All posts tagged: Rhonda Wheatley

The Vessels that Marva Made: An Interview with Members of Sapphire & Crystals

“I am a strong woman; my strength as a Black woman pays homage to what I call the Sapphire Spirit. A woman who is sassy, jazzy, spiritual, brainy, the healer–she is Mother Earth in its grand splendor. I salute this spirit in all Black women everywhere. The recognition of my own Sapphire Spirit provided me with the knowledge I needed to speak. My name is Marva and I speak through my art, my voice extends all the way back to the first known human being who was a Black woman. Going forth, through my ancestors, I am creating new symbols and new directions, moving from my own individual voice to that of the collective voice. I now join with sixteen other African American Women Artists and form the Sapphire & Crystals group. As a collective we step forward to the world.” –Marva Lee Pitchford-Jolly In 1986 artists Marva Lee Pitchford-Jolly and Felicia Grant Preston started meeting in Pitchford-Jolly’s home to discuss how to continue supporting women artists after the group Mud Peoples Black Women’s Resource …

Review: Reinterpreting Religion, at the Ukrainian Institute of Modern Art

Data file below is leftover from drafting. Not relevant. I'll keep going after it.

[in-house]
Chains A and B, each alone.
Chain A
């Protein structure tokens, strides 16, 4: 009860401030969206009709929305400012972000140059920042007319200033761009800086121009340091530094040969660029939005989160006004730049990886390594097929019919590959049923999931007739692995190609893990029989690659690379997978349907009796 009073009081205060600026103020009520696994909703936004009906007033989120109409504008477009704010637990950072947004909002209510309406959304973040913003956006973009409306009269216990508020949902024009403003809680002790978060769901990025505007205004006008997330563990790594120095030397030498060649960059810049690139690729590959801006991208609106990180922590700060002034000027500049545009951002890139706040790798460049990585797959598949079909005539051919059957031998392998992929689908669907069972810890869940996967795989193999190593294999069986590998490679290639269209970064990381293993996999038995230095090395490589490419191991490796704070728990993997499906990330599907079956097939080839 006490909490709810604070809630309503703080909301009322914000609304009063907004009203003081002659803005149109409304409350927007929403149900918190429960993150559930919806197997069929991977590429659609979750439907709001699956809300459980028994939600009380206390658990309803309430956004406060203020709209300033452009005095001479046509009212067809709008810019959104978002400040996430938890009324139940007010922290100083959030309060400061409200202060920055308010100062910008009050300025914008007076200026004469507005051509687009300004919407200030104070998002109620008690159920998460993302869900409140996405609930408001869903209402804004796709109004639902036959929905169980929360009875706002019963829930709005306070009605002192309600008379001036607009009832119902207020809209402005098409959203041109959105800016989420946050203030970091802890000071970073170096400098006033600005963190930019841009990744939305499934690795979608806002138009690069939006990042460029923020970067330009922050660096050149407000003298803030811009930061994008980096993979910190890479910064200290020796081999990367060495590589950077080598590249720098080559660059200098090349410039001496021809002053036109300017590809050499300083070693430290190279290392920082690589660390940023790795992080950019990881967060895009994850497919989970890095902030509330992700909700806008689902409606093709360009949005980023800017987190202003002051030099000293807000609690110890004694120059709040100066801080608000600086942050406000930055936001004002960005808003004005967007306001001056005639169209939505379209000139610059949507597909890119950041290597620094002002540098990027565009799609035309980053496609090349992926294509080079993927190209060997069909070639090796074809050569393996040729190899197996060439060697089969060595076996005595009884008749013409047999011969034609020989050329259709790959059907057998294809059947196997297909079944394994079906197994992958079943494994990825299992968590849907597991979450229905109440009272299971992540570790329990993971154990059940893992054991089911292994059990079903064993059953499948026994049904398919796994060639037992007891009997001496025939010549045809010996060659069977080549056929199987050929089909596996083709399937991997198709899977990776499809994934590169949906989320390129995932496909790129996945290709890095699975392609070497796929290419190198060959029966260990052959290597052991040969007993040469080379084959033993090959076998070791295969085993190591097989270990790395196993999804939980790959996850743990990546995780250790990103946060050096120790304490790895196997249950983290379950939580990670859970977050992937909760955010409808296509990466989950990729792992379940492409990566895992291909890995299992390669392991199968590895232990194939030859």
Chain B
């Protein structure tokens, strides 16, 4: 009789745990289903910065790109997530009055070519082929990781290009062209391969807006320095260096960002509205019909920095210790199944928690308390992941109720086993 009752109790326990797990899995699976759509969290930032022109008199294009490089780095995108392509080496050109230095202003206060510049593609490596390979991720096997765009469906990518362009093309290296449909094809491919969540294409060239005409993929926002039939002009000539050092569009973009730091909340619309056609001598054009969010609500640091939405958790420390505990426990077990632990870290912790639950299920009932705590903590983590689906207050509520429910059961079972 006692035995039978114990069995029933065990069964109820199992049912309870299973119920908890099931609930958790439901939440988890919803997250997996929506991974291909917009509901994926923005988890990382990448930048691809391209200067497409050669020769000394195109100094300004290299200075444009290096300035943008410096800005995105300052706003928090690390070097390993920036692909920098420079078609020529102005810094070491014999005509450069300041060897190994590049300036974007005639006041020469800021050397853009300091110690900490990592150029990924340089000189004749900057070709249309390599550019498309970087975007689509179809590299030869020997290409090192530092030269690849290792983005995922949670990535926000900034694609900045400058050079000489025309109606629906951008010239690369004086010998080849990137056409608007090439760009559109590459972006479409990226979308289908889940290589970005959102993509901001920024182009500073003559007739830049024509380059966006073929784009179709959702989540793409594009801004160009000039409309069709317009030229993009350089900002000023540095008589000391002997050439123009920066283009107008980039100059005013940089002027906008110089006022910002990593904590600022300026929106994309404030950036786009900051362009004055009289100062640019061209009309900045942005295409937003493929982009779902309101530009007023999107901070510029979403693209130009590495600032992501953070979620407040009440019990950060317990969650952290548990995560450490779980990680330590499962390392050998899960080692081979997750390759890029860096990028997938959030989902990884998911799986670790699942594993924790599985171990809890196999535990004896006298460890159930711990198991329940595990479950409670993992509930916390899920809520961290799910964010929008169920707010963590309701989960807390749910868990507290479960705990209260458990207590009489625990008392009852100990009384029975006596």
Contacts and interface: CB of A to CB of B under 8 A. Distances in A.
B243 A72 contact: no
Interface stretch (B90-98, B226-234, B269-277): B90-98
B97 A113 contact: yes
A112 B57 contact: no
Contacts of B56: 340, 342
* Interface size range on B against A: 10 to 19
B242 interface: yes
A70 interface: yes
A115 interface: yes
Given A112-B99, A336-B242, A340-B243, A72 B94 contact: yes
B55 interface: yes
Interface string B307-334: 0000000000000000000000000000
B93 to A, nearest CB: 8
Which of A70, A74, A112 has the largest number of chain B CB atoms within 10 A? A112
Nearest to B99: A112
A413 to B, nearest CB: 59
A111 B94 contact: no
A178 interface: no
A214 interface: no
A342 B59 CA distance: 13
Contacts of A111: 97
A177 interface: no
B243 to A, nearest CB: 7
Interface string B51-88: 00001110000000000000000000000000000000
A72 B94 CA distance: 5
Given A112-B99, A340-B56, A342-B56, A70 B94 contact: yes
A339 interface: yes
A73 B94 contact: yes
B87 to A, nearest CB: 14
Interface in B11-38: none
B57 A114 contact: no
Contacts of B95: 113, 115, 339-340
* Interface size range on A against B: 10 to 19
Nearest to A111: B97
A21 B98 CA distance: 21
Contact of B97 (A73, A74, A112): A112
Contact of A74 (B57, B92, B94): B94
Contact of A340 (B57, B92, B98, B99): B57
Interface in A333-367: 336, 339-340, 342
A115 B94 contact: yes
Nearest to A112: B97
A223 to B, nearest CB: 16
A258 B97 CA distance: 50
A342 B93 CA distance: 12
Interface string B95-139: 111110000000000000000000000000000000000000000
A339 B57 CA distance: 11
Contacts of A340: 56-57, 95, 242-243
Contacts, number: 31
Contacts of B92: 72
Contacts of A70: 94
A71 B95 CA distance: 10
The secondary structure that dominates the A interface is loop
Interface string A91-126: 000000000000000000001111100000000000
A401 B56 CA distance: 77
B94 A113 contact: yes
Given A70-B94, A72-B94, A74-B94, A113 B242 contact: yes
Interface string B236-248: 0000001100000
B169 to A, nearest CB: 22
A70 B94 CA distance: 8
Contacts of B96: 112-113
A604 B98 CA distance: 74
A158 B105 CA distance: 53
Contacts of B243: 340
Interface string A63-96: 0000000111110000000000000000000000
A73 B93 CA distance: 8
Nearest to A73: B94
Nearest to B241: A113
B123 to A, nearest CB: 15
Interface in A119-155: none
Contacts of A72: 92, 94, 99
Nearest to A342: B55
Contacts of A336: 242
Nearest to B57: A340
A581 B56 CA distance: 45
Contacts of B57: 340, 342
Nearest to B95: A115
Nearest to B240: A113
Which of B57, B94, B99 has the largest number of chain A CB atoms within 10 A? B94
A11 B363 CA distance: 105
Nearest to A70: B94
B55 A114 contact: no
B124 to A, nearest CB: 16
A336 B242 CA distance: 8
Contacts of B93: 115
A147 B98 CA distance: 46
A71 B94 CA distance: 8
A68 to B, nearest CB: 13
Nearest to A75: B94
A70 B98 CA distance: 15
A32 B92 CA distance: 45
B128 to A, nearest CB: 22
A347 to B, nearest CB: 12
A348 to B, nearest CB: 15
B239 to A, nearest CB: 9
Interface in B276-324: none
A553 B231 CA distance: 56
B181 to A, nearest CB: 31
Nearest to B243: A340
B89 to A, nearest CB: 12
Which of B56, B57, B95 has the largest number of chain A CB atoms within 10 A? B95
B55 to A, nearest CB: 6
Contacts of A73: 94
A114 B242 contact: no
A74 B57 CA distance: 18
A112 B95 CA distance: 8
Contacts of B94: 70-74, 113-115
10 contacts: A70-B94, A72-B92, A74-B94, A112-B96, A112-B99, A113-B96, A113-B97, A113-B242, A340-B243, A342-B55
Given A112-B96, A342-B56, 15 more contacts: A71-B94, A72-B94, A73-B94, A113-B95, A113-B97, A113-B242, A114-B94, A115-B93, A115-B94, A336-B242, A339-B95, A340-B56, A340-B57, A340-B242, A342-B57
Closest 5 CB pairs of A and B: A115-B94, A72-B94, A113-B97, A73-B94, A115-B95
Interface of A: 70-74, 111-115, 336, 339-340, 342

Upon entering the long, dim exhibition hall at the Ukrainian Institute of Modern Art, the first encounter in Reinterpreting Religion is Yvette Mayorga’s bubblegum pink, white, and gold installation Guns and Virgins (2018). With its offering of confectionary AR-15s, cartoonish police officers, American flags, Brown prostrate bodies, and a pair of frosting-drenched basketball shoes, Mayorga’s physically flattened yet confrontational work spurs the viewer to lay down their divine expectations at the altar of America’s violent tendencies and obsessive consumerism. Though Christianity, the predominant religion in the United States by far, promotes teachings centered on loving your neighbor, accepting the weary traveler, and turning the other cheek to violence, 81% of “white, born again/evangelical Christians” voted for Donald Trump despite his penchant for encouraging violence on the campaign trail and admittance of sexually assaulting women. Throughout Lauren Leving’s curatorial process, she recognized that religion seemed to have been commandeered as a tool to divide rather than unite communities across America. Though the exhibition kicks off with candy-coated automatic weapons, the intention of Reinterpreting Religion is to …